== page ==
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Experiencing symptoms after heart transplantation may hamper the heart recipient’s self-management which can lead to negative effects. We know little about symptom occurrence and distress after heart transplantation, especially in relation to sociodemographic variables. The aim of the study was to explore self-reported symptom occurrence and distress after heart transplantation and their relationship with self-reported psychological well-being and sociodemographic factors. This multicenter, cross-sectional, cohort study is associated with the Swedish national Self-Management After Thoracic Transplantation study (SMATT). Two questionnaires were distributed at the heart recipients’ yearly follow-up, one to five years post-transplant at three Swedish university hospitals from 2014–2017. In a total 79 heart recipients, 54 men and 25 women, with a mean age 53 years returned the questionnaires. Symptoms occurred differently depending on type and duration of follow-up. The most common symptoms, trembling hands, and decreased libido were also the most distressing. Heart recipients most burdened by symptoms were those younger than 50 years, not working, with poor psychological well-being or living alone. Fatigue explained more than 60% of the variation in transplant specific well-being. In conclusion this study points at the target groups within the heart transplant population that needs person centered symptom management support where the focus should be on side-effects of the medication i.e., trembling hands as well as the patients’ sexual health.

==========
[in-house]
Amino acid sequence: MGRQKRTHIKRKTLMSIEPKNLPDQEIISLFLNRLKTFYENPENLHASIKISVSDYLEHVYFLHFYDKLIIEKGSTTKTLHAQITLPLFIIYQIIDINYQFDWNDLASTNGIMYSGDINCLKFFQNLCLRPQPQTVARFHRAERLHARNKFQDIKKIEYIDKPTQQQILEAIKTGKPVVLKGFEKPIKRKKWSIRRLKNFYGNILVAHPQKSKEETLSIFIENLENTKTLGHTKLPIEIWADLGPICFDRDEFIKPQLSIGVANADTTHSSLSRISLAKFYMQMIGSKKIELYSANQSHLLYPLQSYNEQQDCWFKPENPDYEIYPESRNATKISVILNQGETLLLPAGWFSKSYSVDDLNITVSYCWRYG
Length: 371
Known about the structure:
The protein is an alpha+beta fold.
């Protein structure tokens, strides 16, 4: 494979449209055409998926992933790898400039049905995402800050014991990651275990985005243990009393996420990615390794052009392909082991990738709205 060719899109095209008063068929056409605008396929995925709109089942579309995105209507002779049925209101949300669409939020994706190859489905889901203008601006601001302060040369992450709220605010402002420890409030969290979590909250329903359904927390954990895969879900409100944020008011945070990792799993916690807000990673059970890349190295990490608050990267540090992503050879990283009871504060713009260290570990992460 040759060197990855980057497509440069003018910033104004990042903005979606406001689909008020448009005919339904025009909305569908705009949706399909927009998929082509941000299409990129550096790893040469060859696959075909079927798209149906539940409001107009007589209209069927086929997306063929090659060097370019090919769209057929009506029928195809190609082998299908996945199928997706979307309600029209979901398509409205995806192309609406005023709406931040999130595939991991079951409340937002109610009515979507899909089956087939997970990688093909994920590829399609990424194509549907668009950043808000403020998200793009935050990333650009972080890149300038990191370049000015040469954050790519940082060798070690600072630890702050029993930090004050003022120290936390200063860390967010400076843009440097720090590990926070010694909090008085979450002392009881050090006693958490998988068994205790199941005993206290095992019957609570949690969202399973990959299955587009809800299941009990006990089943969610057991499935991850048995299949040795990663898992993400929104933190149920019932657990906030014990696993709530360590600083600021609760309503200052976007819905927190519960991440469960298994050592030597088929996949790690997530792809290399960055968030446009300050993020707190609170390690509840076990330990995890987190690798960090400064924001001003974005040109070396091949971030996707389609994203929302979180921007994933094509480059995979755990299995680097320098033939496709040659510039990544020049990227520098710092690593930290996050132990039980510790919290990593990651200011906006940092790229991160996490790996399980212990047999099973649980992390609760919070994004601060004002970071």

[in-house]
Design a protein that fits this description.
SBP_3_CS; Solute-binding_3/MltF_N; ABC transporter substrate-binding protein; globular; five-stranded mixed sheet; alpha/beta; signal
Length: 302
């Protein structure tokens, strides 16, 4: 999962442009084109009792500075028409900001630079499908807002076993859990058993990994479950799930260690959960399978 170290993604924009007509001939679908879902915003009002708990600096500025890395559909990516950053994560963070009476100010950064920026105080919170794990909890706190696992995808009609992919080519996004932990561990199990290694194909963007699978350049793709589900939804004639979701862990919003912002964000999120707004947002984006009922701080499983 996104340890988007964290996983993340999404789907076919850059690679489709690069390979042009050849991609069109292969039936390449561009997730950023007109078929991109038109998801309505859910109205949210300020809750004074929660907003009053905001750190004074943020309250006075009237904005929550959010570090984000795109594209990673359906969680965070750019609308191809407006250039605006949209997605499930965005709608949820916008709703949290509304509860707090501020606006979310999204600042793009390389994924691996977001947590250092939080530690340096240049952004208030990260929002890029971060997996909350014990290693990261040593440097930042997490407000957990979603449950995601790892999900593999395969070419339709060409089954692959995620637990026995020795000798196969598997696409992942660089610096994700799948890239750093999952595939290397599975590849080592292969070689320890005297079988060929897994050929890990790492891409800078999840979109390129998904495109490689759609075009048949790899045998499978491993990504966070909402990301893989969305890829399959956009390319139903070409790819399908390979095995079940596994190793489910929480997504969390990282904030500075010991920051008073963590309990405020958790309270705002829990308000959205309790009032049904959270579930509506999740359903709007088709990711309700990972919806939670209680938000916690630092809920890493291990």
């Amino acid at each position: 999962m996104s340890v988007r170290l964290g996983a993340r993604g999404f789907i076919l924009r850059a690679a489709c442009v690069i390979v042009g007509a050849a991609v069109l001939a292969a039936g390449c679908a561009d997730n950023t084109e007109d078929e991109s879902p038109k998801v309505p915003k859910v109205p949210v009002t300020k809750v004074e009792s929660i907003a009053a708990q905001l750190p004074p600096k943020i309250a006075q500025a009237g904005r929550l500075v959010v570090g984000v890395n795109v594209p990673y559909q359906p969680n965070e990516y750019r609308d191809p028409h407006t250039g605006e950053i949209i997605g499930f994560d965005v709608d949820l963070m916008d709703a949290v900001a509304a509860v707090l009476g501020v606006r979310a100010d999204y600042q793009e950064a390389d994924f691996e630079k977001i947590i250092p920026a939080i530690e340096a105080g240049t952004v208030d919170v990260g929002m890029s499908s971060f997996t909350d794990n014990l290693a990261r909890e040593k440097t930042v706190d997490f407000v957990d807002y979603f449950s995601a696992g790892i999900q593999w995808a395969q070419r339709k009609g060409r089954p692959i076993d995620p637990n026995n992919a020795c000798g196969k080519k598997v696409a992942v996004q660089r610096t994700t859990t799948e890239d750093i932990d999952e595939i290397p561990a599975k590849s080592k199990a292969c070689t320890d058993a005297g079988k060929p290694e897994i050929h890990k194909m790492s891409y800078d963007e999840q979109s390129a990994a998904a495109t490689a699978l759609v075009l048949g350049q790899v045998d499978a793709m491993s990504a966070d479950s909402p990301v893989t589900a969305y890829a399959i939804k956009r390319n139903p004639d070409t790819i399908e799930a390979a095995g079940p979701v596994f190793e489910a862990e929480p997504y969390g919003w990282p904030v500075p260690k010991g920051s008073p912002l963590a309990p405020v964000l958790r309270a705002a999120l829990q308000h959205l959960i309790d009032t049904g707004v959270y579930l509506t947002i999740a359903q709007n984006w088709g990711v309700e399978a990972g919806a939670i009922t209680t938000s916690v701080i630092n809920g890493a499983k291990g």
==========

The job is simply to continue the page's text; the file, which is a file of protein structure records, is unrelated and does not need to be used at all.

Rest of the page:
|International Journal of Environmental Research and Public Health
|Published - 2020 nov. 1
- Folkhälsovetenskap, global hälsa, socialmedicin och epidemiologi